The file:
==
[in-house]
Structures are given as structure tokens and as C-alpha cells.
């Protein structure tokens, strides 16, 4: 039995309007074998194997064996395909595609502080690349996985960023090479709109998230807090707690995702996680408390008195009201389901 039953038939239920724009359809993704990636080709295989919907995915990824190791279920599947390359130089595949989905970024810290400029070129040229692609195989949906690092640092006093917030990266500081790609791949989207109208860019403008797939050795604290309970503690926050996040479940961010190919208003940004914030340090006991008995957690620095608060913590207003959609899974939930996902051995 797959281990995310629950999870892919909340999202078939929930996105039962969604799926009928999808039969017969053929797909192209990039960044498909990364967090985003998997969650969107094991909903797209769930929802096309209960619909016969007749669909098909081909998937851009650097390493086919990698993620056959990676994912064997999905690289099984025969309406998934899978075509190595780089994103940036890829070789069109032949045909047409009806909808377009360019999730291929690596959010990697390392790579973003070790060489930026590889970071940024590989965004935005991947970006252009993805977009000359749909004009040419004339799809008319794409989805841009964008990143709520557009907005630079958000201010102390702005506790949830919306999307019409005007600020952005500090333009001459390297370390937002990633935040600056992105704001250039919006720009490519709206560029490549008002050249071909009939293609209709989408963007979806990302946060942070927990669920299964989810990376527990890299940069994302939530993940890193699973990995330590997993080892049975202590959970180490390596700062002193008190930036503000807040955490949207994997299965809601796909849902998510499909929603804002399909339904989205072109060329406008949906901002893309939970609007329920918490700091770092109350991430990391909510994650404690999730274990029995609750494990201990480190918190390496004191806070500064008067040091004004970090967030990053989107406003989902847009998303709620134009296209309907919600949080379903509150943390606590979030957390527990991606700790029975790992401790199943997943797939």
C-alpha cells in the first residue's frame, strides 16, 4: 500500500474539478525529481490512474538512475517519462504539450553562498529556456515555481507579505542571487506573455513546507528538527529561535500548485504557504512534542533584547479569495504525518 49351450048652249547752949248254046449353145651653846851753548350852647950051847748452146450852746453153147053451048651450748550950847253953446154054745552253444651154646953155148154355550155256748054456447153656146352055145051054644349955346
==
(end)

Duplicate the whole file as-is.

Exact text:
[in-house]
Structures are given as structure tokens and as C-alpha cells.
């Protein structure tokens, strides 16, 4: 039995309007074998194997064996395909595609502080690349996985960023090479709109998230807090707690995702996680408390008195009201389901 039953038939239920724009359809993704990636080709295989919907995915990824190791279920599947390359130089595949989905970024810290400029070129040229692609195989949906690092640092006093917030990266500081790609791949989207109208860019403008797939050795604290309970503690926050996040479940961010190919208003940004914030340090006991008995957690620095608060913590207003959609899974939930996902051995 797959281990995310629950999870892919909340999202078939929930996105039962969604799926009928999808039969017969053929797909192209990039960044498909990364967090985003998997969650969107094991909903797209769930929802096309209960619909016969007749669909098909081909998937851009650097390493086919990698993620056959990676994912064997999905690289099984025969309406998934899978075509190595780089994103940036890829070789069109032949045909047409009806909808377009360019999730291929690596959010990697390392790579973003070790060489930026590889970071940024590989965004935005991947970006252009993805977009000359749909004009040419004339799809008319794409989805841009964008990143709520557009907005630079958000201010102390702005506790949830919306999307019409005007600020952005500090333009001459390297370390937002990633935040600056992105704001250039919006720009490519709206560029490549008002050249071909009939293609209709989408963007979806990302946060942070927990669920299964989810990376527990890299940069994302939530993940890193699973990995330590997993080892049975202590959970180490390596700062002193008190930036503000807040955490949207994997299965809601796909849902998510499909929603804002399909339904989205072109060329406008949906901002893309939970609007329920918490700091770092109350991430990391909510994650404690999730274990029995609750494990201990480190918190390496004191806070500064008067040091004004970090967030990053989107406003989902847009998303709620134009296209309907919600949080379903509150943390606590979030957390527990991606700790029975790992401790199943997943797939």
C-alpha cells in the first residue's frame, strides 16, 4: 500500500474539478525529481490512474538512475517519462504539450553562498529556456515555481507579505542571487506573455513546507528538527529561535500548485504557504512534542533584547479569495504525518 49351450048652249547752949248254046449353145651653846851753548350852647950051847748452146450852746453153147053451048651450748550950847253953446154054745552253444651154646953155148154355550155256748054456447153656146352055145051054644349955346